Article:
Heading into his 10th season at Georgia, Richt has been around longer at the same school than any other SEC coach. And his record is glittering: 90 wins, a mere 27 losses, two conference championships.
But seniority and past success mean little in this cutthroat profession. Just ask Phillip Fulmer. Or Tommy Tuberville.
Richt turned 50 this year and is coming off his worst season at Georgia since his first. The Bulldogs stumbled to an 8-5 record in 2009, and the passionate fan base is clearly worried about falling even farther behind SEC powerhouses such as defending national champion Alabama and bitter rival Florida.
"If you're in a leadership role, if you're the head coach of a football team, there's always going to be stuff swirling around," Richt said Tuesday during the annual Pigskin Preview, a gathering of the state's football coaches at the Georgia Sports Hall of Fame. "You've got to learn to focus on the most important things, and that's what I'm doing."
While Richt insists this season is no more crucial than any other, it's clear he's taking a different approach.
He put his staff through its first major shake-up, firing defensive coordinator Willie Martinez and two other defensive assistants. He reclaimed a more active role in the offense, sitting in on all quarterback meetings during the spring along with coordinator Mike Bobo.
The players certainly noticed.
"He's definitely been more hands-on," senior receiver Kris Durham said. "He's got great knowledge of the game. Just looking at the success he had at Florida State (as an assistant to Bobby Bowden) and previously here at Georgia. He just knows football. We need to take that and do whatever he asks because you he's doing it for your benefit and the team's benefit."
While it would probably be a bit of a reach to say Richt's on the hot seat, that might change if the Bulldogs endure another disappointing season.
The grumbling actually started two years ago, when Georgia started out ranked No. 1 in the country but didn't even finish as the best team in its own state. There were blowout losses to Alabama and Florida, and the first setback against Georgia Tech since Richt became coach in 2001.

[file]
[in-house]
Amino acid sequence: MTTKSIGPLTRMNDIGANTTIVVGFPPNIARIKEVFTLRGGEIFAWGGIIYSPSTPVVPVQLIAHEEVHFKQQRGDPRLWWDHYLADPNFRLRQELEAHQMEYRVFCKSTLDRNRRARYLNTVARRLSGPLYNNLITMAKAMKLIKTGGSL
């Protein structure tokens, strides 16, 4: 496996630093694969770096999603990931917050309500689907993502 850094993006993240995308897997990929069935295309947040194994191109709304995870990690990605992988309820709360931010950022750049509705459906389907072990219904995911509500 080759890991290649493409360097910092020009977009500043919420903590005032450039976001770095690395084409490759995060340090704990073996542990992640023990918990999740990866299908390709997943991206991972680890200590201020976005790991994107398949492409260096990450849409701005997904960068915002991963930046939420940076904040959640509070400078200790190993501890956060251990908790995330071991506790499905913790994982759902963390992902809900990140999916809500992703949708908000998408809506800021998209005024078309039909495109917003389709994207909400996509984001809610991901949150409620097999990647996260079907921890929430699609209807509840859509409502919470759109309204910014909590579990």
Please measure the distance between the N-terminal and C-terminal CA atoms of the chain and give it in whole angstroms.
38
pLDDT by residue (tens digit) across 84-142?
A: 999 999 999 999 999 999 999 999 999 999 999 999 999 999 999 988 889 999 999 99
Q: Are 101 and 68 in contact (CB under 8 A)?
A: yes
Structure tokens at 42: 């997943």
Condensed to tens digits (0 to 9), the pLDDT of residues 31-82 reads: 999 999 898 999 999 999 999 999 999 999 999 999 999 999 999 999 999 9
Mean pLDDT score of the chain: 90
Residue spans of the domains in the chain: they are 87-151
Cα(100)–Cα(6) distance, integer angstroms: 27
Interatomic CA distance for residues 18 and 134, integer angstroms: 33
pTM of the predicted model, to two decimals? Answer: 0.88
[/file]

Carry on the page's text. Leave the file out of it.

Last season was even worse. The Bulldogs were routed by Tennessee and Florida, lost at home to Kentucky and had to settle for a trip to the Independence Bowl. About the only bright spot: an upset win over Atlantic Coast Conference champion Georgia Tech.
"It's definitely a crucial year," Durham said. "Every year, we want to come in and compete for a championship. That's what you work for. That's what you come to the University of Georgia for. You want to win a championship. Since I've been here, we haven't. We played in the Sugar Bowl, but we haven't won a championship."
The Bulldogs' last SEC title came in 2005. Since then, conference rivals have claimed four straight national titles: Florida in 2006 and '08, LSU in '07, and Alabama this past season. In the race to keep up, Tennessee dumped Fulmer after a 17-year career that included two SEC titles and one national championship. Auburn sent Tuberville packing, five years after he guided the Tigers to a perfect season.
Richt is surely aware of the what-have-you-done-for-me-today mindset, though he insists that his core values remain the same.
"My goal coming in was to run a program that everybody could be proud of," he said. "The decisions I've been making at Georgia have always been the ones that I believe would help us in the long haul, not so much the short-term-fix type of things. I just want to continue to do that. I want to stay the course."
He said his deep religious faith is helping him cope with the criticism.
"It finally dawned on me in church," Richt said. "The only thing I've got to do is what I've been doing since 1986, which is trust the Lord and be obedient to him. Everything else, I don't worry about, know what I mean?
"I've got peace in my heart, brother."